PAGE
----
Well before the Venezuelan declaration, it had become clear that not everyone was prepared to accept the creation even of juntas ostensibly loyal to Ferdinand. The Buenos Aires junta had to cope with a counterrevolutionary conspiracy only weeks after it seized power, and its forces also met resistance—at first easily overcome—in their occupation of Upper Peru. Nor did Paraguay and Uruguay, both integral parts of the same Viceroyalty of Río de la Plata, accept its claim to rule.

Likewise, outlying Venezuelan provinces such as Maracaibo and Guayana refused to accept the leadership of Caracas and its junta, which proceeded to use force in a not very successful attempt to win their obedience. Guayaquil and Cuenca (in what is now Ecuador) rejected the establishment of the second Quito junta, exactly as they had rejected the first in 1809. The junta of Santa Fe de Bogotá faced the defiance of local juntas in places such as Cartagena that insisted they had as much right as anyone in the colonial capital to exercise the power of deposed royal officials, as well as the defiance of certain areas that wanted to maintain as far as possible the colonial status quo. Peru, moreover, continued to stand apart, despite miscellaneous plotting and a minor uprising (quickly suppressed) in June 1811 at the southern town of Tacna, inspired in part by the presence of Buenos Aires forces nearby in Upper Peru.

One source of opposition to the unfolding new order was the peninsular Spaniards, who included most top colonial bureaucrats and churchmen as well as many of the wealthiest merchants. These by and large opposed any alteration in the formal relationship between America and Spain, preferring to obey whatever rump government continued to hold sway in some part of Spain. However, the Spanish element was nowhere numerous enough to control events unaided, particularly as creole officers and other Spaniards already integrated by marriage and other ties were heavily represented in the military command structure.

Among the creoles some remained distrustful of change. Others were alarmed by the efforts of the Buenos Aires forces invading Upper Peru to enlist support, for tactical reasons, of the Upper Peruvian Indian majority. The Indians, however, distrusted the intentions of the newcomers from the south and generally avoided entanglement. Black slaves and pardos (free blacks) in Venezuela looked askance at a revolution led by slave-owning, race-conscious creoles and were often susceptible to the appeals of loyalist opponents—even though the new government had outlawed the slave trade and in its December 1811 republican constitution outlawed discrimination on racial grounds.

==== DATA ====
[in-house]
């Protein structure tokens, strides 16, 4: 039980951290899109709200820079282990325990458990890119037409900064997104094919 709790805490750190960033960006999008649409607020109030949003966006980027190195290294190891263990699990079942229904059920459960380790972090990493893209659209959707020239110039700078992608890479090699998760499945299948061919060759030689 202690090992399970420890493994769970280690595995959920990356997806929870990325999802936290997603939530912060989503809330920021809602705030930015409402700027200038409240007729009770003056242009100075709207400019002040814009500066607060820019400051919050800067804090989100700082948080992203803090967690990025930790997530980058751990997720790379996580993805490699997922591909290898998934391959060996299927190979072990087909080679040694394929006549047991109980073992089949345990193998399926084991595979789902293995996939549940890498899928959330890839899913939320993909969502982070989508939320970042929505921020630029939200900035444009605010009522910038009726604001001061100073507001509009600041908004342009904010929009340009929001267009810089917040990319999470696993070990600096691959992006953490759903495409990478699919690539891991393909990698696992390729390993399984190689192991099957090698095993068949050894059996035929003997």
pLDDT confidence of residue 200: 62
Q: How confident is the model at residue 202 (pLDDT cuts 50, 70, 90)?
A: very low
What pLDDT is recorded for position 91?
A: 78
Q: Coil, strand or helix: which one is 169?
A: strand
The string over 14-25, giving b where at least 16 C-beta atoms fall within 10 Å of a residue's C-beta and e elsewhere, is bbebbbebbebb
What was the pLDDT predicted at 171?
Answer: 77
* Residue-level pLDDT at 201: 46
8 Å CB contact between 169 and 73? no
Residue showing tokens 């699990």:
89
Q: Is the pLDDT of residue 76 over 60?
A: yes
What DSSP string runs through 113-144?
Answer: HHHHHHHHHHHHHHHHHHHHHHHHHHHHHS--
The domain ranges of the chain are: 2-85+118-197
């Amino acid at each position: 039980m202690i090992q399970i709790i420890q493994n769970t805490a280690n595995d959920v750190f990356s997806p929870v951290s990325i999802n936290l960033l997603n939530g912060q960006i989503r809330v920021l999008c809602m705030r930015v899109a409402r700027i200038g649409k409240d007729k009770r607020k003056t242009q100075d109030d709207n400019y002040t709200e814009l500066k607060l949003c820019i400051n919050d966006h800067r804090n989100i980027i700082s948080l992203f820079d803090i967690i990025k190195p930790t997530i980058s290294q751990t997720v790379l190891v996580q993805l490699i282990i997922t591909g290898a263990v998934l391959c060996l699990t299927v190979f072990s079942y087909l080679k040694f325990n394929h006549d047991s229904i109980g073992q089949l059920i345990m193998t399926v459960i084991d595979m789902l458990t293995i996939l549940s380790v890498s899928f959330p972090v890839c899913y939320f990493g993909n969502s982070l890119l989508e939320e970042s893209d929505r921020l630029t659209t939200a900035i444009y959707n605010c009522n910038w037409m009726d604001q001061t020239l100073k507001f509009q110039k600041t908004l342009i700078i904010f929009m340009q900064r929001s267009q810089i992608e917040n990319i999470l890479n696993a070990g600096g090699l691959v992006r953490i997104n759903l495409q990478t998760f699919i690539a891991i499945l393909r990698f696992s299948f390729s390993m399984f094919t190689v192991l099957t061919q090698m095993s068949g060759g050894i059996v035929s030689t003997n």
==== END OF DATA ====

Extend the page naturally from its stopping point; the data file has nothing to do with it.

The best predictor of alignments for and against the revolution was regional rivalry. It was no accident that Maracaibo and Guayana, whose political subordination to Caracas dated only from 1777 and were still not wholly reconciled to it, refused to follow the orders of the Caracas junta; nor that distant Paraguay, whose mostly mestizo population spoke more Guaraní than Spanish and felt few cultural or other ties with Buenos Aires, failed to accept the revolutionary authorities in the port city as successors to the viceroy. Guayaquil in Ecuador resented the domination of Quito and felt greater attraction, economically and otherwise, to Lima; it therefore collaborated with Peru's loyalist Viceroy Abascal.

Similar divisions of sentiment on regional lines could be seen in Peru itself. Still mindful of past Indian revolts, even reform-minded creoles in Lima generally continued looking for change to come within the imperial system. Yet in the Peruvian high-lands resentment of Lima's hegemony was sufficiently intense for groups of disaffected creoles and mestizos to throw support to sporadic Indian uprisings over concrete local abuses, as at Huánuco in 1812. Two years later, creoles and mestizos in Cuzco who resented Lima and chafed under the rule of the local audiencia launched an uprising and enlisted the support of the Indian leader Mateo García Pumacahua (see Pumacahua Rebellion), until then a staunch loyalist. The more successful he was in recruiting other Indians, however, the more the original supporters of the rebellion had second thoughts. In the end, all highland uprisings were put down.